Bias. We have shown mathematically that patients with longer consultation lengths are more likely to be interviewed when sampling the next patient exiting the consultation room (see the section entitled "Sampling the Next Patient Exiting the Consultation Room"). This bias is eliminated if interviewers do not select the next patient exiting, but rather wait for the next patient entering the consultation room. It is important to note that this sampling method is only unbiased under the assumption
that the interviewer's completion time for the previous interview (or arrival time at the facility) is random with respect to the characteristics of the next patient who will enter the consultation room. This will be the case if the order in which patients enter the consultation room is unrelated to the length of time patients spend with the clinician and the interviewer.
In high volume settings where patients exit the consultation room at fairly regular intervals, sampling the next patient entering the consultation room will, in practice, be similar to systematic random sampling with the sampling interval being determined by both the interview and the consultation length. A disadvantage of sampling the next patient entering the consultation room compared to systematic random sampling is that researchers employing the latter method have somewhat more control over their sample size (by adjusting the sampling interval). This can sometimes be leveraged to create a self-weighting sample, such as when sampling the same number of patients from facilities that were chosen with probability proportional to size. In contrast, researchers employing the method of sampling the next patient entering the consultation room will tend to sample more patients at busier facilities (or those with comparatively shorter consultation lengths) and may therefore need to weight their observations after data collection is completed.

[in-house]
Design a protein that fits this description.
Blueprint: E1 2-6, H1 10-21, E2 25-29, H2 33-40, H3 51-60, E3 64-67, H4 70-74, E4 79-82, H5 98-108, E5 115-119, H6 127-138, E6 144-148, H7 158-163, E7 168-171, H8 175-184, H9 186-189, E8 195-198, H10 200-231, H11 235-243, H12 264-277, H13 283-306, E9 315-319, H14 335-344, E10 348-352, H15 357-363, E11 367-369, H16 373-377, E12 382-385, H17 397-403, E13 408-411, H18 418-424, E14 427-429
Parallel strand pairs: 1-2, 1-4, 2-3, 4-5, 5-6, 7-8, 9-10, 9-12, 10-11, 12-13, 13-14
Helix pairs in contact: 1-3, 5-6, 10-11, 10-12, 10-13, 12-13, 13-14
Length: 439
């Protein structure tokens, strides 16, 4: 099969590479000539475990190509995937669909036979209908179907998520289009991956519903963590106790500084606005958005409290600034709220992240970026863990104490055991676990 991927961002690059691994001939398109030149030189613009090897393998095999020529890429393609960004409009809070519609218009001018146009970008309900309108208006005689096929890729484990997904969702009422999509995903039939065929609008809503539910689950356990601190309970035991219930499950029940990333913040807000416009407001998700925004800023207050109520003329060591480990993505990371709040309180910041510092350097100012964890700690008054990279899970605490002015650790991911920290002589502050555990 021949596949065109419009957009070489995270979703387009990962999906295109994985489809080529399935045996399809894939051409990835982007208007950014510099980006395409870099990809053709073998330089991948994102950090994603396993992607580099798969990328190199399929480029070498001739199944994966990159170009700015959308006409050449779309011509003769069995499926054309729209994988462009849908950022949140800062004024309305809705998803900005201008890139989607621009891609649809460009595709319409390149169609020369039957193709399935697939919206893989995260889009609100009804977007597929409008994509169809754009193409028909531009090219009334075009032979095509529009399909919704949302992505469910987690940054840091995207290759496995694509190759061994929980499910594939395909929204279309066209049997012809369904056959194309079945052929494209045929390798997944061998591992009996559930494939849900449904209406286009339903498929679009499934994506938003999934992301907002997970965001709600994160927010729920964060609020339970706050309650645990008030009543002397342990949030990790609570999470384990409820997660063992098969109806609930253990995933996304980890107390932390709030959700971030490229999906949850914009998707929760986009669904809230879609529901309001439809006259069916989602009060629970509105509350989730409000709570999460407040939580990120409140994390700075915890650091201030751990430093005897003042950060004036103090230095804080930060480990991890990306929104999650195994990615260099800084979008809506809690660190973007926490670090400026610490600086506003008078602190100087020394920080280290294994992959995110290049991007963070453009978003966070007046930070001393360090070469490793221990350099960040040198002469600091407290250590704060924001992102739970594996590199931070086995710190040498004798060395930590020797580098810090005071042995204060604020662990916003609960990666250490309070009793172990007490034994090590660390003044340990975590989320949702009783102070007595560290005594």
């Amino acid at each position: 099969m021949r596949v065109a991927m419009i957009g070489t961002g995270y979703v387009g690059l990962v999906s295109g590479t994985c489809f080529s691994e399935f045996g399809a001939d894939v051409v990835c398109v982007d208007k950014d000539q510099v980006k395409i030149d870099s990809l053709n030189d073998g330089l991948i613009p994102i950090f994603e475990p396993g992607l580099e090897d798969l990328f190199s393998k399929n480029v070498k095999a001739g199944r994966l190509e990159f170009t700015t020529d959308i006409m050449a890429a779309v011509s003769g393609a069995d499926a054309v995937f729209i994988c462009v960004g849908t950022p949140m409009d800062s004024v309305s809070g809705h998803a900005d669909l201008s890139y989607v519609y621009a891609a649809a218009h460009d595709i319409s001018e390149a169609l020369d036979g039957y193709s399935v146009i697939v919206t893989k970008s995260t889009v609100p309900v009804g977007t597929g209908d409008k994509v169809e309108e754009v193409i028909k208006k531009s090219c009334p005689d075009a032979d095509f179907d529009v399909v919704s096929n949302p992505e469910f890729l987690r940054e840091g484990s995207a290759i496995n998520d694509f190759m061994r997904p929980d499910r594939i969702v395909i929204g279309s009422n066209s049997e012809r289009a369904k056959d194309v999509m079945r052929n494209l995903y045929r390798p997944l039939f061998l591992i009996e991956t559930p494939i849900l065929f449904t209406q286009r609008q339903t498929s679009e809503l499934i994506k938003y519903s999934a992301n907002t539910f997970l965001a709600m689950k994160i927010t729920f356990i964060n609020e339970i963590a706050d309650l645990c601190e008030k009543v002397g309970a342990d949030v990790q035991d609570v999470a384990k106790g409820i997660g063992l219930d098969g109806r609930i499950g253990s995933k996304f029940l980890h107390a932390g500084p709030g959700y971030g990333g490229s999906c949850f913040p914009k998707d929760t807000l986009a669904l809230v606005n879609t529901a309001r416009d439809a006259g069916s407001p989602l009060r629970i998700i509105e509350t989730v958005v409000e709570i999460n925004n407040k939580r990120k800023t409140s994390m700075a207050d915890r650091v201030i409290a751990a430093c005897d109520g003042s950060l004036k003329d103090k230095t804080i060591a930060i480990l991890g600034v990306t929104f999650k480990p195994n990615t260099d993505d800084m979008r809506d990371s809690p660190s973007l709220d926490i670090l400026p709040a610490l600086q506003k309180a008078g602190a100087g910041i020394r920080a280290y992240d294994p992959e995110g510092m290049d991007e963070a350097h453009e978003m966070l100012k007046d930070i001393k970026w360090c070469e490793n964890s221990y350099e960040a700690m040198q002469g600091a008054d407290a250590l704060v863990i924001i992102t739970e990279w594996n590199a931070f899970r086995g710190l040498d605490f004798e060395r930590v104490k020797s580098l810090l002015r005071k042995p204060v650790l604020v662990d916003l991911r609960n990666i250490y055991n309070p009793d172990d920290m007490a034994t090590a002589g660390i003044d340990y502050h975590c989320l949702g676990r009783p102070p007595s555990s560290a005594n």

Operational Efficiency. Our simulations demonstrate that sampling the next patient entering the consultation is, in the majority of scenarios, a more operationally efficient method than systematic and simple random sampling. Important additional advantages of this sampling approach over systematic and simple random sampling are as follows: (1) it can be easily implemented in any setting without pilot testing; (2) it is simple to implement for data collection and clinical teams; (3) it eliminates the possibility of burdening patients with a waiting time until an interviewer is available; and (4) it does not require any time or effort on the part of the clinical team. While sampling the next patient entering the consultation room is operationally less efficient than sampling the next patient exiting the consultation, this loss of operational efficiency is relatively minor. For instance, across the scenarios shown in Table 2, the mean percentage of patients interviewed is 46.6 percent with sampling the next patient exiting the consultation room, and 39.2 percent with sampling the next patient entering the consultation room. Similarly, across the scenarios, the mean number of patients interviewed per data collection day is 59.6 versus 46.5 for sampling the next patient exiting and the next patient entering the consultation room, respectively.